"Who is talking?"

Translation:Qui parle ?

February 10, 2013

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isn't it qui est parle??


The basic rule: there is no 'IS' 'ARE' or 'AM' before any "ing". Examples: Wrong: "He is talking" (Il est parle) Right: "He talking" (Il parle) Wrong: "I am going" (Je suis vais) Right: "I going" (Je vais).

If there is no "ing" then you put 'IS' 'ARE' or 'AM': Right: "I am red" (Je suis rouge) Wrong: "I red" (Je rouge) Right: "I am pretty" (Je suis jolie) Wrong: "I pretty" (Je jolie)

Hope it makes sense.


If you wanted to translate word for word, it would be "il est parlant" (present participle or gerund).

However, that verbal form does not exist in French to express a continuous action.

Therefore, if you are given "who is talking?" you have to translate either "qui parle ?" or "qui est en train de parler ?", where ĂȘtre en train de + infinitive is the expression which best expresses that the action is in progress at the time you speak.


You cannot choose to translate word-for-word and end up with a correct translation here. The French "qui parle ?" is conjugated according to French rules or grammar and the English "who is speaking?" is translated according to English rules of grammar. One cannot take a word-for-word translation such as "est parlant" and expect to end up with a correct translation.


What is present participle used for?


Present participle is the "ing" in English or "ant" in french - talking = "parlant", walking = "marchant".


One would not use the French present participle here at all in translating "Who is speaking?" It is a false translation made to look like a literal translation. It is just wrong.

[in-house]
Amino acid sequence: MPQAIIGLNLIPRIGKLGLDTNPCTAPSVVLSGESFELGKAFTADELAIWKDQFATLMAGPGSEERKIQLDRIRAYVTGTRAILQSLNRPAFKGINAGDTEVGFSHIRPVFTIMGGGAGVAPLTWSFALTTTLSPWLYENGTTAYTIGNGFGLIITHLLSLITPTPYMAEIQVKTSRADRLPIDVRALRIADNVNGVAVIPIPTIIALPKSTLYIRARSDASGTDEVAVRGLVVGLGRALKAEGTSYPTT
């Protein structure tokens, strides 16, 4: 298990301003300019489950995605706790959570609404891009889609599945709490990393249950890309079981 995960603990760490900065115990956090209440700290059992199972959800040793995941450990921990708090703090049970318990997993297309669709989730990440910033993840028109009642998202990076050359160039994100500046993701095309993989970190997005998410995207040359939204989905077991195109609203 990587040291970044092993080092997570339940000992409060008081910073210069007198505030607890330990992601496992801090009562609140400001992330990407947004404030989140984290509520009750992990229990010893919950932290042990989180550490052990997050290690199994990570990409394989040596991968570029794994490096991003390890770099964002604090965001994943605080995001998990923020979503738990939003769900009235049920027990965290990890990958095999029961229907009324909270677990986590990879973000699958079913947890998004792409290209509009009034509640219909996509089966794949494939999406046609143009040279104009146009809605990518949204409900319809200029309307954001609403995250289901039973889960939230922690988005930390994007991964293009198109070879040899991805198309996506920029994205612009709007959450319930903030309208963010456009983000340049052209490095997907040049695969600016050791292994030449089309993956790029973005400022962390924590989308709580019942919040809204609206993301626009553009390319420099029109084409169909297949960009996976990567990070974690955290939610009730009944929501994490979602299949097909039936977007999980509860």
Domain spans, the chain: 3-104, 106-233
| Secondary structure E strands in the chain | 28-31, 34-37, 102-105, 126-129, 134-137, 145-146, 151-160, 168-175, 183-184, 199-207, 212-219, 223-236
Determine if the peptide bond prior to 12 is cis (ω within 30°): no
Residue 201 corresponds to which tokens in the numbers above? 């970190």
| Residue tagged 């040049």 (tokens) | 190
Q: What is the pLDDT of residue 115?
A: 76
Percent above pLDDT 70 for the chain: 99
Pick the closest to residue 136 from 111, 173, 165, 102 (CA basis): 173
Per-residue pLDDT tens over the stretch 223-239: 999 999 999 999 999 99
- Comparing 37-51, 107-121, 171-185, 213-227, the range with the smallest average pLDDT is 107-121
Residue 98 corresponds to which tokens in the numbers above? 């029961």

You need to know how to conjugate verbs in English as well as French. Qui parle may be translated as "who speaks" or "who is speaking". From English (since you know there is no present continuous in French), you will translate it to French Simple Present. I.e., you do not translate every single word. You translate the meaning.


I think 'Qui parlent' should be accepted seeing as the question could refer to multiple people.


No it does not work, since the English sentence shows "is talking".

In French, we would say "qui sont ceux qui parlent ?" to mean a plural, otherwise "parle" would remain singular.


No est?? Why?? I thought is meant est. French is soo confusing!!


French does not have continuous tenses.

"is talking" is a continuous present tense that you can translate to a French simple present: qui parle ?


when to use quel and qui?


In questions, "qui" is "who".

"Quel" can be which or what.

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